Client complained of feeling “sad”

Assignment: Off-Label Drug Use in Pediatrics

The unapproved use of approved drugs, also called off-label use, with children is quite common. This is because pediatric dosage guidelines are typically unavailable, since very few drugs have been specifically researched and tested with children.

When treating children, prescribers often adjust dosages approved for adults to accommodate a child’s weight. However, children are not just “smaller” adults. Adults and children process and respond to drugs differently in their absorption, distribution, metabolism, and excretion.  

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Children even respond differently during stages from infancy to adolescence. This poses potential safety concerns when prescribing drugs to pediatric patients. As an advanced practice nurse, you have to be aware of safety implications of the off-label use of drugs with this patient group.

To Prepare
  • Review the interactive media piece in this week’s Resources and reflect on the types of drugs used to treat pediatric patients with mood disorders.
  • Reflect on situations in which children should be prescribed drugs for off-label use.
  • Think about strategies to make the off-label use and dosage of drugs safer for children from infancy to adolescence. Consider specific off-label drugs that you think require extra care and attention when used in pediatrics.
By Day 5 of Week 11

Write a 1-page narrative in APA format that addresses the following:

  • Explain the circumstances under which children should be prescribed drugs for off-label use. Be specific and provide examples.
  • Describe strategies to make the off-label use and dosage of drugs safer for children from infancy to adolescence. Include descriptions and names of off-label drugs that require extra care and attention when used in pediatrics.

Therapy for Pediatric Clients with Mood Disorders
An African American Child Suffering From Depression

African American Child

BACKGROUND INFORMATION

The client is an 8-year-old African American male who arrives at the ER with his mother. He is exhibiting signs of depression.

  • Client complained of feeling “sad”
  • Mother reports that teacher said child is withdrawn from peers in class
  • Mother notes decreased appetite and occasional periods of irritation
  • Client reached all developmental landmarks at appropriate ages
  • Physical exam unremarkable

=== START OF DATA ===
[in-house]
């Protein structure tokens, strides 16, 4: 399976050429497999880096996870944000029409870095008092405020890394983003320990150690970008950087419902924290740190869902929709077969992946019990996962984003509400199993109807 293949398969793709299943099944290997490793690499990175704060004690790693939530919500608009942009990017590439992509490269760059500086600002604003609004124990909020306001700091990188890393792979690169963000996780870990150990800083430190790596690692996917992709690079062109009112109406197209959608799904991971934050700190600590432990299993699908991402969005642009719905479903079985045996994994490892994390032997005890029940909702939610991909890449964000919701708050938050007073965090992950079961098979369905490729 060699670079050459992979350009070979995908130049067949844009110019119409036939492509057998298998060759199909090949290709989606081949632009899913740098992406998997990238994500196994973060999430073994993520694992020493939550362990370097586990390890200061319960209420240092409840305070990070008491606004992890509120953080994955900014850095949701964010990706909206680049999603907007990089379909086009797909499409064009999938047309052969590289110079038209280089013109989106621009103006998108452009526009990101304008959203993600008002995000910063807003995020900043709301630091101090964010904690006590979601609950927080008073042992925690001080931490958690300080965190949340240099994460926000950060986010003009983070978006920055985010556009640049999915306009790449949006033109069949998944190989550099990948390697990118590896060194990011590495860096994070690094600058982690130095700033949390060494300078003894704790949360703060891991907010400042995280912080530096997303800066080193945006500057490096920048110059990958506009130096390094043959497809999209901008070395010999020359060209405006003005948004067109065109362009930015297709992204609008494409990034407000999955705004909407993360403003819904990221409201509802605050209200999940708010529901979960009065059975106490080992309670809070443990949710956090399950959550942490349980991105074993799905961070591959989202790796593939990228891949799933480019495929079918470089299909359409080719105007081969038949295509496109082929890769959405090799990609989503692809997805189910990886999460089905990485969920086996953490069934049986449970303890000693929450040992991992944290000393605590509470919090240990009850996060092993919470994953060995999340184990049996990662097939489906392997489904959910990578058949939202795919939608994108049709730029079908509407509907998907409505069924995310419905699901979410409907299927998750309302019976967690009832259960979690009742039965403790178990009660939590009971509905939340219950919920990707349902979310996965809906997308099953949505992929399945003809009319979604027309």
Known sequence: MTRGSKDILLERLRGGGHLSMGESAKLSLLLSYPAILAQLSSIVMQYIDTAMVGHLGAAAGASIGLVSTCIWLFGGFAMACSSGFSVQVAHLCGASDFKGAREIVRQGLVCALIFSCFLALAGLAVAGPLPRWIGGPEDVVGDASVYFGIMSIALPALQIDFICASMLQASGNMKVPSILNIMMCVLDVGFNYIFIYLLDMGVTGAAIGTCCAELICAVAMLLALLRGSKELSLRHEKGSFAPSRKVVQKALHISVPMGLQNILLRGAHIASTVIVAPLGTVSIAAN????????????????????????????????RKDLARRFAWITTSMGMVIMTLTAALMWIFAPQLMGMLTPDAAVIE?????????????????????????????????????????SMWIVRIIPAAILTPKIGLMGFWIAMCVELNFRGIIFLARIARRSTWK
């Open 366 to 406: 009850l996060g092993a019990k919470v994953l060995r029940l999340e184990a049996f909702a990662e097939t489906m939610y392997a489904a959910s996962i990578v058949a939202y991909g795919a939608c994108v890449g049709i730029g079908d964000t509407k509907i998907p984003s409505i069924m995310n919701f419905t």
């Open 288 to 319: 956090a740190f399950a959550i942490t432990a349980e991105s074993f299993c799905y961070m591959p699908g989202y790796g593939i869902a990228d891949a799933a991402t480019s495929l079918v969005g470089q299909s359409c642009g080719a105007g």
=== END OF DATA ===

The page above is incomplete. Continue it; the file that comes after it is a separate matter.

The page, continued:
• Laboratory studies WNL
  • Child referred to psychiatry for evaluation

MENTAL STATUS EXAM

Alert & oriented X 3, speech clear, coherent, goal directed, spontaneous. Self-reported mood is “sad”. Affect somewhat blunted, but child smiled appropriately at various points throughout the clinical interview. He denies visual or auditory hallucinations. No delusional or paranoid thought processes noted. Judgment and insight appear to be age-appropriate. He is not endorsing active suicidal ideation, but does admit that he often thinks about himself being dead and what it would be like to be dead.

You administer the Children’s Depression Rating Scale, obtaining a score of 30 (indicating significant depression)

RESOURCES

§ Poznanski, E., & Mokros, H. (1996). Child Depression Rating Scale–Revised. Los Angeles, CA: Western Psychological Services.

Therapy for Pediatric Clients with Mood Disorders
An African American Child Suffering From Depression

African American Child

Decision Point One

Begin Zoloft 25 mg orally daily

RESULTS OF DECISION POINT ONE

  • Client returns to clinic in four weeks
  • No change in depressive symptoms at all

Decision Point Two

Select what you should do next:

Increase dose to 50 mg orally daily

RESULTS OF DECISION POINT TWO

  • Client returns to clinic in four weeks
  • Depressive symptoms decrease by 50%. Cleint tolerating well

Decision Point Three

Select what you should do next:

Maintain current doseGuidance to Student
At this point, sufficient symptom reduction has been achieved. This is considered a “response” to therapy. Can continue with current dose for additional 4 week to see if any further reductions in depressive symptoms are noted. An increase in dose may be warranted since this is not “full” remission- Discuss pros/cons of increasing drug dose with client at this time and empower the client to be part of the decision. There is no indication that the drug therapy should be changed to an SNRI at this point as the client is clearly responding to this therapy.